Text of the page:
Amazon suddenly announced Thursday it's no longer moving forward with its new headquarters in Long Island City, Queens.
The company released a statement saying:
After much thought and deliberation, we’ve decided not to move forward with our plans to build a headquarters for Amazon in Long Island City, Queens. For Amazon, the commitment to build a new headquarters requires positive, collaborative relationships with state and local elected officials who will be supportive over the long-term. While polls show that 70% of New Yorkers support our plans and investment, a number of state and local politicians have made it clear that they oppose our presence and will not work with us to build the type of relationships that are required to go forward with the project we and many others envisioned in Long Island City.
Amazon said its plan would bring 25,000 jobs to Long Island City and $2.5 billion in investment. And Governor Andrew Cuomo and Mayor Bill de Blasio both enthusiastically encouraged the development, reportedly offering up to $3 billion in tax incentives to the tech company.
But the New Yorkers who have been pushing back against the so-called HQ2 since it was announced last year are likely thrilled about today's about-face.
“When we talk about bringing jobs to the community, we need to dig deep,” Congresswoman Alexandria Ocasio-Cortez tweeted days after the deal was announced. “Has the company promised to hire in the existing community? What's the quality of jobs + how many are promised? Are these jobs low-wage or high wage? Are there benefits? Can people collectively bargain?”
When we talk about bringing jobs to the community, we need to dig deep:
- Has the company promised to hire in the existing community?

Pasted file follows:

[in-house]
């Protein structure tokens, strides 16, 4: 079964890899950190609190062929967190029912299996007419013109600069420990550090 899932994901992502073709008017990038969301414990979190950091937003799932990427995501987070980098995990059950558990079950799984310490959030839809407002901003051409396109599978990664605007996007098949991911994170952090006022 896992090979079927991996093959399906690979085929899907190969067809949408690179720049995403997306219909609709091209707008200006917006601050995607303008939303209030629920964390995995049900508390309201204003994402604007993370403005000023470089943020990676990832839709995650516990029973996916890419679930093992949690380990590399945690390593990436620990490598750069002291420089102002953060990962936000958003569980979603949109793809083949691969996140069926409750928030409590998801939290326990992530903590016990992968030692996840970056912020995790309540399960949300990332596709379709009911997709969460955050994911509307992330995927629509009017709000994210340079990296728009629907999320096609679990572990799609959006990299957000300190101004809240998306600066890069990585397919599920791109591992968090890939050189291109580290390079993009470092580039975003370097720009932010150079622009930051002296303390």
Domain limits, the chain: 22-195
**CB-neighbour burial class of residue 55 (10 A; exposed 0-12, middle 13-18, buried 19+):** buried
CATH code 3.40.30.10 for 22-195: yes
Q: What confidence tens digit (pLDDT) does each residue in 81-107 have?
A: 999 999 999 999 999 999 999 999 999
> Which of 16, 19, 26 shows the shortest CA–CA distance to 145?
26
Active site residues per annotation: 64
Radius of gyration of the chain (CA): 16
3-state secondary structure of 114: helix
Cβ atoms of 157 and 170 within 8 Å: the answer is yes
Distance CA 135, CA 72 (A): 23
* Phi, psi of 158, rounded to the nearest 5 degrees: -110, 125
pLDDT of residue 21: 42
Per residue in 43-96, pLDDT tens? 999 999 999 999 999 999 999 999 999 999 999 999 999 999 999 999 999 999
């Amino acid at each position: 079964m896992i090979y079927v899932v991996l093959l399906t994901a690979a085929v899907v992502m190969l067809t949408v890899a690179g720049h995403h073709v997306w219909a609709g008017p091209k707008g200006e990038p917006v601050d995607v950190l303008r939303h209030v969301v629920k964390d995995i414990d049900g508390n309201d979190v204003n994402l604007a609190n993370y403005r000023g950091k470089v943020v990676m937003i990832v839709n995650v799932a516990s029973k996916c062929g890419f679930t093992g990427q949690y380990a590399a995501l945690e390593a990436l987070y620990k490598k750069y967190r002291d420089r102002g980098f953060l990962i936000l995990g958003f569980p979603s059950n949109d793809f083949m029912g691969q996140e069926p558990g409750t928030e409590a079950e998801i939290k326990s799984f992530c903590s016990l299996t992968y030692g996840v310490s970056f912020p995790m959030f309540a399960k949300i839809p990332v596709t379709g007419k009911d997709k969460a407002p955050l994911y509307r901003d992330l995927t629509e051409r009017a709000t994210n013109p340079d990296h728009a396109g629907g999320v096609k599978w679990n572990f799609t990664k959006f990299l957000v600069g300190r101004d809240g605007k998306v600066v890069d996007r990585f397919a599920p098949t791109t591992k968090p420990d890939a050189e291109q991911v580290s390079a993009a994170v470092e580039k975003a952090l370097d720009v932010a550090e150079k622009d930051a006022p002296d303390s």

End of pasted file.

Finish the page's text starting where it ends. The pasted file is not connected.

- What’s the quality of jobs + how many are promised? Are these jobs low-wage or high wage? Are there benefits? Can people collectively bargain?
- Alexandria Ocasio-Cortez (@AOC) November 13, 2018
Democratic New York Senator Michael Gianaris, whose district included the area where the new headquarters was proposed, penned an editorial inUSA Today opposing it, pointing out the many other needs for the money coming from those massive tax incentives.
"Our money is better spent investing directly in our future: functioning mass transit, thriving schools, affordable housing," he wrote. "We should not need to pay massive corporations to bring their largess to our communities-let us build that future ourselves."
The Retail, Wholesale, and Department Store Union pointed to the tax breaks as well when they protested the move at New York City Hall earlier this year.
"Amazon, one of the wealthiest and largest companies in history, needs the city more than the city needs Amazon-plain and simple. If Amazon wants to come here they can afford to do so on their own," Stuart Appelbaum, the union's president said in a statement. "RWDSU is deeply concerned about using tax payer subsidies for a company run by the richest man on earth to set up shop in our city, especially when it’s something they want to do and can do on their own anyway. Tax payers shouldn’t be on the hook to help Amazon be profitable-it’s a massively profitable private business."
Those likely not excited about today's news include those in the Long Island City real estate business. Housing costs ballooned as soon as Amazon made their announcement.
“There is a larger group of people, business owners and parents groups who are excited about Amazon,” Eric Benaim, the founder of Modern Spaces, a brokerage which represents several developers in Long Island City, told the Wall Street Journal. The newspaper ran a poll this week from Siena College Research Institute which found 56% of voters statewide supported the Amazon project. “Do they [opponents] want to be known as the people who lost 25,000 jobs for New York City?"
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